BEIJING (REUTERS) - China's Foreign Ministry said on Thursday (June 6) it is seriously concerned about US arms sales to self-ruled Taiwan, after sources told Reuters that Washington was planning a US$2 billion (S$2.73 billion) weapons sale to the island China claims as its own.
“We are severely concerned about the US move and are firmly against US arms sales to Taiwan,” Foreign Ministry spokesman Geng Shuang told a daily news briefing in Beijing.
China urges the United States to stop arms sales to Taiwan and prudently deal with issues relating to Taiwan to prevent harm to bilateral relations and peace and stability in the Taiwan Strait, he added.
The United States is pursuing the sale of more than US$2 billion worth of tanks and weapons to Taiwan, four people familiar with the negotiations said, sparking anger from Beijing which is already involved in an escalating trade war with Washington.
An informal notification of the proposed sale has been sent to the US Congress, the four sources said on condition of anonymity because they were not authorised to speak about the possible deal.
The potential sale included 108 General Dynamics Corp M1A2 Abrams tanks worth around US$2 billion as well as anti-tank and anti-aircraft munitions, three of the sources said. Taiwan has been interested in refreshing its existing US-made battle tank inventory, which includes M60 Patton tanks.
The United States is the main arms supplier to Taiwan, which China deems its own and has never renounced the use of force to bring the self-ruled island under its control.
Taiwan President Tsai Ing-wen said in March Washington was responding positively to Taipei’s requests for new arms sales to bolster its defences in the face of pressure from China. The US has no formal ties with Taiwan but is bound by law to help provide it with the means to defend itself.
China and the US are engaged in a fierce trade war, with clashes over Taiwan and the South China Sea exacerbating tensions.
A spokesman for the State Department, which oversees foreign military sales, said the US government does not comment on or confirm potential or pending arms sales or transfers before they have been formally notified to Congress.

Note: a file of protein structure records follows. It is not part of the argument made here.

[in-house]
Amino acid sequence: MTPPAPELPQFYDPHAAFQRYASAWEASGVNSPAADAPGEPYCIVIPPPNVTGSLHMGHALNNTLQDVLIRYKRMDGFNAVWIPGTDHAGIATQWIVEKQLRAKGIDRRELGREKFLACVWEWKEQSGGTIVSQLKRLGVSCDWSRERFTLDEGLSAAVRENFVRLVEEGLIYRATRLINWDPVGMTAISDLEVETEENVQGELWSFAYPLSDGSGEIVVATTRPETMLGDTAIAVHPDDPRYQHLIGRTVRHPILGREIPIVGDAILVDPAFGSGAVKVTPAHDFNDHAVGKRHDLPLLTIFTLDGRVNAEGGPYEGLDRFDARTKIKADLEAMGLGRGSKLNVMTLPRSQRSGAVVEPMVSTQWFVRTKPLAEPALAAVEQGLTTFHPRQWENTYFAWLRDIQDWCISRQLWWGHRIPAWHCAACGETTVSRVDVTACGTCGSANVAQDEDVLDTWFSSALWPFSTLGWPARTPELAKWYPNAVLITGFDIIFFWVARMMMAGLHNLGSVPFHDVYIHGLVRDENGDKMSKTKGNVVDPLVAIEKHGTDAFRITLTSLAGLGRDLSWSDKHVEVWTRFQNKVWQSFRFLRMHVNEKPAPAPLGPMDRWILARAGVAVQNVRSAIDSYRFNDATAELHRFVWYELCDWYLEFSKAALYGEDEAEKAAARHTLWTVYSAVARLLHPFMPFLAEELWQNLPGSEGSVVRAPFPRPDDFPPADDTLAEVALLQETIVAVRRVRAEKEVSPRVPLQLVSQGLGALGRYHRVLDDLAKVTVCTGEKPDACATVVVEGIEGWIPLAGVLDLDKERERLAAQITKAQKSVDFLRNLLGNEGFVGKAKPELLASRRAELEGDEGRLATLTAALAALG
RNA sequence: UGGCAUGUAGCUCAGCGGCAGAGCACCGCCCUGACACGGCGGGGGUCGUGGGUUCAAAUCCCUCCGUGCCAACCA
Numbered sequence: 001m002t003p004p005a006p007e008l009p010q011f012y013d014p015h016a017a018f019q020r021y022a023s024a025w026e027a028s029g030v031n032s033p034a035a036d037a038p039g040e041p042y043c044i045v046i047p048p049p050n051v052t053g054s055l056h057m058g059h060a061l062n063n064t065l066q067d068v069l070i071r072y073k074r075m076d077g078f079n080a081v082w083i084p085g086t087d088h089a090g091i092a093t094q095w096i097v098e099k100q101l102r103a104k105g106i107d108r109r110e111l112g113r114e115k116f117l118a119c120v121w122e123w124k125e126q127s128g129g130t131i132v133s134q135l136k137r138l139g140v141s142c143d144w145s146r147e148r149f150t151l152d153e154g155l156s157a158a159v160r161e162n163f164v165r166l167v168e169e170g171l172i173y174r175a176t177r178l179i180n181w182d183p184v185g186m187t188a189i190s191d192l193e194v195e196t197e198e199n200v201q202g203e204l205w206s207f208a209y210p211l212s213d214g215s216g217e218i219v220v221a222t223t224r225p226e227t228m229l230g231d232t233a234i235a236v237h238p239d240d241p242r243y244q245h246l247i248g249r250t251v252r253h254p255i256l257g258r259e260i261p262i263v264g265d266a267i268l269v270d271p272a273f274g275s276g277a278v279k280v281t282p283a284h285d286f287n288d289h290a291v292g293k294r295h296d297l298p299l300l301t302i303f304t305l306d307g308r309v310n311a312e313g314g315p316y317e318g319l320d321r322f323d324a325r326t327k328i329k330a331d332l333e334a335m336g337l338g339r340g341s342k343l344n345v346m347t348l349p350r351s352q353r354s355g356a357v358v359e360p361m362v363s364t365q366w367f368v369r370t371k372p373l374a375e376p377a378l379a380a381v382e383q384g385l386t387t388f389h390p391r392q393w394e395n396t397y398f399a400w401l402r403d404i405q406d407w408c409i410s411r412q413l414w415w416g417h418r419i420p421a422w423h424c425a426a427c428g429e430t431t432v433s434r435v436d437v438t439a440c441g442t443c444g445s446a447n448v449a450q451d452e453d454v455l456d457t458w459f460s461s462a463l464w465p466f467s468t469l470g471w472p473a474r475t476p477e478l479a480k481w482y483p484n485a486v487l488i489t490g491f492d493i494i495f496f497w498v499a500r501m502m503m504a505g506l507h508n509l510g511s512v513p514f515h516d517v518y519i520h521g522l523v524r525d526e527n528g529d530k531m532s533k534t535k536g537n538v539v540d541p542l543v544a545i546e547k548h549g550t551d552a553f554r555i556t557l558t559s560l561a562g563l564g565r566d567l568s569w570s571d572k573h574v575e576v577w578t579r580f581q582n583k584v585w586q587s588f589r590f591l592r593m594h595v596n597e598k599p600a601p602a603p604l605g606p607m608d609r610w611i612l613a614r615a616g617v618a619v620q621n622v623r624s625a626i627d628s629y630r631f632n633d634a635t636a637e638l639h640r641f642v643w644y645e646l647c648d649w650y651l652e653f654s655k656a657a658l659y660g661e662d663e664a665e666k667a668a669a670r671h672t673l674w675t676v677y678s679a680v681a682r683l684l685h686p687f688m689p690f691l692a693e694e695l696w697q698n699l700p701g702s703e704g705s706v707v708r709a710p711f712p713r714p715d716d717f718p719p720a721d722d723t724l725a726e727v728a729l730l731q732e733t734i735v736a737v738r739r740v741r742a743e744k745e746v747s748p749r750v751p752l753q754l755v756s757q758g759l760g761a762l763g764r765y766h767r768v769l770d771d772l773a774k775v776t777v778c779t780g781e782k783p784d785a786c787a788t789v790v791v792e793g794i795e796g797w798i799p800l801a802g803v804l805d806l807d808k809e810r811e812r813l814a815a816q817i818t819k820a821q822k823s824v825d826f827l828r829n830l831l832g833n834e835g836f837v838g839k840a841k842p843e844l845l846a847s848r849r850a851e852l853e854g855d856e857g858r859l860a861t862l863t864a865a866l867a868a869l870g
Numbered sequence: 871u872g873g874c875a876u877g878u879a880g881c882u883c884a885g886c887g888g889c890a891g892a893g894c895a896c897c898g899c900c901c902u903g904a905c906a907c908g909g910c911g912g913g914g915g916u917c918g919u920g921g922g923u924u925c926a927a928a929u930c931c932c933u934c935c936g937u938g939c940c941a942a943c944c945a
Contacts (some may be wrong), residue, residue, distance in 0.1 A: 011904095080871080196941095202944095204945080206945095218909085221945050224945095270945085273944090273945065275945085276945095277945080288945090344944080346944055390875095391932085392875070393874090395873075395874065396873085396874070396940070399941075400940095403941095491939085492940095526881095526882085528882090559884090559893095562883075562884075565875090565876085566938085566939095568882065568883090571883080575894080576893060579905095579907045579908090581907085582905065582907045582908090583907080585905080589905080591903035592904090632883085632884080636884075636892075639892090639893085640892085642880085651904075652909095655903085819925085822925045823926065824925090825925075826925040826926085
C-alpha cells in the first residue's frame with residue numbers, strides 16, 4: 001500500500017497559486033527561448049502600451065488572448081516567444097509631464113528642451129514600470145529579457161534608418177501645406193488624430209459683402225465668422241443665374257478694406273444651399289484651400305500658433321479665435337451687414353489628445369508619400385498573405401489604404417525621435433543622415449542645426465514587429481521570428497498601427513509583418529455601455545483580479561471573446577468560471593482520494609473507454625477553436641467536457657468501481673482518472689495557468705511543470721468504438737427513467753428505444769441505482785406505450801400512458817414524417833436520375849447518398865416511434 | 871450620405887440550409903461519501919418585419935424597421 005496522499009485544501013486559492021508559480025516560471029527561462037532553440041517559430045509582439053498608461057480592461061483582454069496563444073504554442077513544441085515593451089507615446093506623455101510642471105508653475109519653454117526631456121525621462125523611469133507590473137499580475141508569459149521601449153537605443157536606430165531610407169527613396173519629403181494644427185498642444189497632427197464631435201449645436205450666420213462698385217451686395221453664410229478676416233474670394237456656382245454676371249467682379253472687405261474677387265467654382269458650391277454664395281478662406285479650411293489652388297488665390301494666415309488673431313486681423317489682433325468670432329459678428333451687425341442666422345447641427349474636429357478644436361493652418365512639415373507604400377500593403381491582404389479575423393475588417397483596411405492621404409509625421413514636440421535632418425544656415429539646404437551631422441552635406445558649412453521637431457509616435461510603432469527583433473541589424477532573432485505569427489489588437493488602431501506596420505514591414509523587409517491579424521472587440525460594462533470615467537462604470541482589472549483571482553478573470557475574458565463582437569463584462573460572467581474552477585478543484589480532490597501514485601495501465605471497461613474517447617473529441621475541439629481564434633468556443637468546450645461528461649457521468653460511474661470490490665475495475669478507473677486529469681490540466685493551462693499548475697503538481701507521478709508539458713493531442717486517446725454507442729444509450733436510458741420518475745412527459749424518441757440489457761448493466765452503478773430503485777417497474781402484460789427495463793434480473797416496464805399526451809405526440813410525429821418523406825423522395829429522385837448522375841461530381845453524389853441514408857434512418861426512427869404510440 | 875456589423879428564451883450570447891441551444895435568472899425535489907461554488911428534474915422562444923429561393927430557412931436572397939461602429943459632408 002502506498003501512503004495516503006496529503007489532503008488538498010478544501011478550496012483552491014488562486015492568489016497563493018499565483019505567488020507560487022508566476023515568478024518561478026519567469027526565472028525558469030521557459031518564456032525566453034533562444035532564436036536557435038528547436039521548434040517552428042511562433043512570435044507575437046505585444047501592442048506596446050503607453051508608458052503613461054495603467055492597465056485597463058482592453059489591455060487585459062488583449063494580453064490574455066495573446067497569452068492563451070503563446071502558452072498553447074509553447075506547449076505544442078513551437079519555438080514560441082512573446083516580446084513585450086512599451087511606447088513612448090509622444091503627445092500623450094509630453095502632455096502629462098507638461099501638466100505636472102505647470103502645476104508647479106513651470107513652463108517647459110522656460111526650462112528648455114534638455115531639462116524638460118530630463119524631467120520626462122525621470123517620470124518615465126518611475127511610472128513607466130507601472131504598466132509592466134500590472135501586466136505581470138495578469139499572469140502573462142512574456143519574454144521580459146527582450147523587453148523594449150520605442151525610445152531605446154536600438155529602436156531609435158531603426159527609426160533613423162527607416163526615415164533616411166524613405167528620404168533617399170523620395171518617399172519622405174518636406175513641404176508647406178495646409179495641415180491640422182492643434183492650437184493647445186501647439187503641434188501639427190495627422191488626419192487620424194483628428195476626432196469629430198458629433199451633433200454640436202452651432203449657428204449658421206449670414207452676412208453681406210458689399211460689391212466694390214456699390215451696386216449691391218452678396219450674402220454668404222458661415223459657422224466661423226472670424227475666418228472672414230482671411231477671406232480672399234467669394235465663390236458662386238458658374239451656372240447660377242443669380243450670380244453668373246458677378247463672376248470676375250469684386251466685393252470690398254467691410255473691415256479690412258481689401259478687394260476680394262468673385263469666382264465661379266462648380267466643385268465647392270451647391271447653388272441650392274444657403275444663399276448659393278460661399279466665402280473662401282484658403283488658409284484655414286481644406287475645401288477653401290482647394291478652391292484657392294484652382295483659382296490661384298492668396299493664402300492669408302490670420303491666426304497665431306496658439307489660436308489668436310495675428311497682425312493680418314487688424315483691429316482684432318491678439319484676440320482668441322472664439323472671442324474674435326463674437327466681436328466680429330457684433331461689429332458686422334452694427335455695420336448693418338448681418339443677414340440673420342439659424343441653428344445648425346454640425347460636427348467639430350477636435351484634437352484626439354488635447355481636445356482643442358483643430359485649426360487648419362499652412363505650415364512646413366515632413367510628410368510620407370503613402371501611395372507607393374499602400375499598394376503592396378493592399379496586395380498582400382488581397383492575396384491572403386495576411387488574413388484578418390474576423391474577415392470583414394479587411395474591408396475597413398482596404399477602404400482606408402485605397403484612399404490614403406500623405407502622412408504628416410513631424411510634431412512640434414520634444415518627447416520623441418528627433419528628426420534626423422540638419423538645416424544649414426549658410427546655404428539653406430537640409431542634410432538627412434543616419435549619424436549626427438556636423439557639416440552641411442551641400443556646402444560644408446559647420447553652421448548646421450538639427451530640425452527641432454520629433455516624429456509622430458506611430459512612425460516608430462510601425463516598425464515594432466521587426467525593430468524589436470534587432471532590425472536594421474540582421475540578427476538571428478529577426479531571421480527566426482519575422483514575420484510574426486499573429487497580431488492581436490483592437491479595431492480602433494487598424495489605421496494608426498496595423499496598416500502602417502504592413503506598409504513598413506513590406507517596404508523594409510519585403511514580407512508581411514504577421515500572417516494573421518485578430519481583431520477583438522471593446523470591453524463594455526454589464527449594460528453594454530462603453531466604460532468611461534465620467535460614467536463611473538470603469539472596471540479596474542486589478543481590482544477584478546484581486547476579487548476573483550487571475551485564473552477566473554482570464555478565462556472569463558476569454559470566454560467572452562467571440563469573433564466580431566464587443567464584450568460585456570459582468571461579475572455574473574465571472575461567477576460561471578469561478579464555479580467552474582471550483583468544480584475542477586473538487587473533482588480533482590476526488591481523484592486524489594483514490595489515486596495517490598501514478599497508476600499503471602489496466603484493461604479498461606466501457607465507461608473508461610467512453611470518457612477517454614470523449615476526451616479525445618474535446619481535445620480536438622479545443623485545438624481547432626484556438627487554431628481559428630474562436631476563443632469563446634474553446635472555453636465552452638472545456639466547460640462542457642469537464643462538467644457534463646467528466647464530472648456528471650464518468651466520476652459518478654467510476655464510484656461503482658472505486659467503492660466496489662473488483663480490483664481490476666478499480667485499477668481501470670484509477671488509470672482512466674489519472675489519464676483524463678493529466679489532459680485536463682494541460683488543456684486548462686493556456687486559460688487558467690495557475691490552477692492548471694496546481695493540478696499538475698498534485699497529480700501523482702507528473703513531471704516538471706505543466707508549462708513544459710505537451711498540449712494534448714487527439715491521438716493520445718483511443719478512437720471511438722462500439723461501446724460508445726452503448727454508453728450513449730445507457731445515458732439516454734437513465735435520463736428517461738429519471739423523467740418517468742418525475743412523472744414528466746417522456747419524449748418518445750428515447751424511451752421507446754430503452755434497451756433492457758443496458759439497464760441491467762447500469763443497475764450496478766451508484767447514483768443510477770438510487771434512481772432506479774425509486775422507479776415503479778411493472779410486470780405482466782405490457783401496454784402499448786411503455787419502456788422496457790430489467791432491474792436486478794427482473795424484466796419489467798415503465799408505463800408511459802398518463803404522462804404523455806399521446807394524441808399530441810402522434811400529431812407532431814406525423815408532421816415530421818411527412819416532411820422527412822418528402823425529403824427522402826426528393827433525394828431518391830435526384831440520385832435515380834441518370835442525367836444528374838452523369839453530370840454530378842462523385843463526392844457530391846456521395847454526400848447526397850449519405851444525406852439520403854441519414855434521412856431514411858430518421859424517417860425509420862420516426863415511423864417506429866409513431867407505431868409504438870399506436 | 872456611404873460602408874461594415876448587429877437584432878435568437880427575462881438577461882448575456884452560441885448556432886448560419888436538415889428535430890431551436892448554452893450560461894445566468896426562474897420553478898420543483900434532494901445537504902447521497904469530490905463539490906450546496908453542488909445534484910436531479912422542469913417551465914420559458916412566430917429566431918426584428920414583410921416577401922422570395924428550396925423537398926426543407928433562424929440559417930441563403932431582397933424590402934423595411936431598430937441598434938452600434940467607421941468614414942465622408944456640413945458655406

The congressional notifications included a variety of anti-tank munitions, including 409 Raytheon Co and Lockheed Martin Corp-made Javelin missiles worth as much as US$129 million, two of the sources said.
The notifications also included 1,240 TOW anti-tank missiles worth as much as US$299 million, one of the sources said. There were also 250 stinger missiles worth as much as $223 million in the notification, the source said.
Stingers are often used in portable anti-aircraft weapons systems.
Taiwan’s Defence Ministry confirmed it had requested those weapons and that the request was proceeding normally.
The US commitment to providing Taiwan with the weapons to defend itself helps Taiwan’s military to raise its combat abilities, consolidates the Taiwan-US security partnership and ensures Taiwan’s security, the ministry said in a statement.
US President Donald Trump’s administration rolled out a long-awaited overhaul of US arms export policy in 2018 aimed at expanding sales to allies, saying it would bolster the American defence industry and create jobs at home.
Mr Trump’s trade adviser Peter Navarro was one of the administration’s architects of that policy.
Mr Navarro, a China hawk, wrote about the possible sale of tanks to Taiwan in a March opinion column in the New York Times ahead of a presidential trip to the Lima, Ohio, plant where they are made.
At a low point, the US Army had only one tank coming from the plant a month, General Dynamics CEO Phebe Novakovic said during an April conference call with investors, but said “we’ll be rolling out 30 tanks a month by the end of this year”, partly because of international orders.
The Pentagon announced last week it would sell 34 ScanEagle drones, made by Boeing Co, to the governments of Malaysia, Indonesia, the Philippines and Vietnam for US$47 million.
The drones would afford greater intelligence-gathering capabilities, potentially curbing Chinese activity in the region.
China claims almost all of the strategic South China Sea and frequently lambastes the United States and its allies over naval operations near Chinese-occupied islands. Brunei, Malaysia, the Philippines, Taiwan and Vietnam all have competing claims.
China’s Defence Minister Wei Fenghe warned the US at the Shangri-La Dialogue in Singapore last weekend not to meddle in security disputes over Taiwan and the South China Sea.
Acting US Defence Secretary Patrick Shanahan told the meeting that the United States would no longer “tiptoe” around China’s behaviour in Asia.
Taiwan’s Foreign Ministry, responding to the Reuters report of planned the new arms sale, said Mr Wei’s “threatening” comments and recent Chinese military drills near Taiwan showed the importance of its need to strengthen its defensive abilities.
“Going forward our government will continue to deepen the close security partnership between Taiwan and the United States,” it said.